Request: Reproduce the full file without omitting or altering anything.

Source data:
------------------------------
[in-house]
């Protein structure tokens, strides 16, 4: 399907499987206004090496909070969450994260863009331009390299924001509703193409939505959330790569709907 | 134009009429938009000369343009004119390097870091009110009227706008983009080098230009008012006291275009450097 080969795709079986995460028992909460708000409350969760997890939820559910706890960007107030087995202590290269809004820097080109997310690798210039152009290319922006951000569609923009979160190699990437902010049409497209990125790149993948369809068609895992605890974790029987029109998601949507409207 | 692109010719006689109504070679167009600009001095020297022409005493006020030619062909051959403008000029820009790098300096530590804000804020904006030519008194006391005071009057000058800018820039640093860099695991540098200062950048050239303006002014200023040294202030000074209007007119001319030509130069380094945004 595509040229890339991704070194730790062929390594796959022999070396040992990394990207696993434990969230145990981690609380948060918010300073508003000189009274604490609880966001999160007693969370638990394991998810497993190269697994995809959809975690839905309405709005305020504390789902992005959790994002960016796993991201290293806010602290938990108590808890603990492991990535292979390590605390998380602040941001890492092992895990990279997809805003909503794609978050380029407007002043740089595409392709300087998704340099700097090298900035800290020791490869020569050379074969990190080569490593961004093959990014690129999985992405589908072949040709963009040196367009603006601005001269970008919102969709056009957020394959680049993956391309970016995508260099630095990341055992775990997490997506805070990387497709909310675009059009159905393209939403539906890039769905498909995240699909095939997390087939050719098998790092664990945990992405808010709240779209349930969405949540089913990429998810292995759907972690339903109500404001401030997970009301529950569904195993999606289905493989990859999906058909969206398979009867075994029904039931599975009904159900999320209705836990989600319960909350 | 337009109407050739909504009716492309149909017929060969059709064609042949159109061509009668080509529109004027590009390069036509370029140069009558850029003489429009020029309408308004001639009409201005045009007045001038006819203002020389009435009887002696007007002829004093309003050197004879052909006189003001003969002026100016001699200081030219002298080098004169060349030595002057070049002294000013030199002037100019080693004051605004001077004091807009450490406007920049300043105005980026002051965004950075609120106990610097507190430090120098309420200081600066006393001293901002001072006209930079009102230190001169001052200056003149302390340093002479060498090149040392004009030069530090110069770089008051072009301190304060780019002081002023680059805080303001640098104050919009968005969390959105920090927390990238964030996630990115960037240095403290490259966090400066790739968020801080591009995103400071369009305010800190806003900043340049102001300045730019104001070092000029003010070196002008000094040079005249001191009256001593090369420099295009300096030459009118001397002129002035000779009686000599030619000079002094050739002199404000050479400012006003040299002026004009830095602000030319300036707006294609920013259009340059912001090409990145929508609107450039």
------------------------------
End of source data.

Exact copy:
[in-house]
């Protein structure tokens, strides 16, 4: 399907499987206004090496909070969450994260863009331009390299924001509703193409939505959330790569709907 | 134009009429938009000369343009004119390097870091009110009227706008983009080098230009008012006291275009450097 080969795709079986995460028992909460708000409350969760997890939820559910706890960007107030087995202590290269809004820097080109997310690798210039152009290319922006951000569609923009979160190699990437902010049409497209990125790149993948369809068609895992605890974790029987029109998601949507409207 | 692109010719006689109504070679167009600009001095020297022409005493006020030619062909051959403008000029820009790098300096530590804000804020904006030519008194006391005071009057000058800018820039640093860099695991540098200062950048050239303006002014200023040294202030000074209007007119001319030509130069380094945004 595509040229890339991704070194730790062929390594796959022999070396040992990394990207696993434990969230145990981690609380948060918010300073508003000189009274604490609880966001999160007693969370638990394991998810497993190269697994995809959809975690839905309405709005305020504390789902992005959790994002960016796993991201290293806010602290938990108590808890603990492991990535292979390590605390998380602040941001890492092992895990990279997809805003909503794609978050380029407007002043740089595409392709300087998704340099700097090298900035800290020791490869020569050379074969990190080569490593961004093959990014690129999985992405589908072949040709963009040196367009603006601005001269970008919102969709056009957020394959680049993956391309970016995508260099630095990341055992775990997490997506805070990387497709909310675009059009159905393209939403539906890039769905498909995240699909095939997390087939050719098998790092664990945990992405808010709240779209349930969405949540089913990429998810292995759907972690339903109500404001401030997970009301529950569904195993999606289905493989990859999906058909969206398979009867075994029904039931599975009904159900999320209705836990989600319960909350 | 337009109407050739909504009716492309149909017929060969059709064609042949159109061509009668080509529109004027590009390069036509370029140069009558850029003489429009020029309408308004001639009409201005045009007045001038006819203002020389009435009887002696007007002829004093309003050197004879052909006189003001003969002026100016001699200081030219002298080098004169060349030595002057070049002294000013030199002037100019080693004051605004001077004091807009450490406007920049300043105005980026002051965004950075609120106990610097507190430090120098309420200081600066006393001293901002001072006209930079009102230190001169001052200056003149302390340093002479060498090149040392004009030069530090110069770089008051072009301190304060780019002081002023680059805080303001640098104050919009968005969390959105920090927390990238964030996630990115960037240095403290490259966090400066790739968020801080591009995103400071369009305010800190806003900043340049102001300045730019104001070092000029003010070196002008000094040079005249001191009256001593090369420099295009300096030459009118001397002129002035000779009686000599030619000079002094050739002199404000050479400012006003040299002026004009830095602000030319300036707006294609920013259009340059912001090409990145929508609107450039």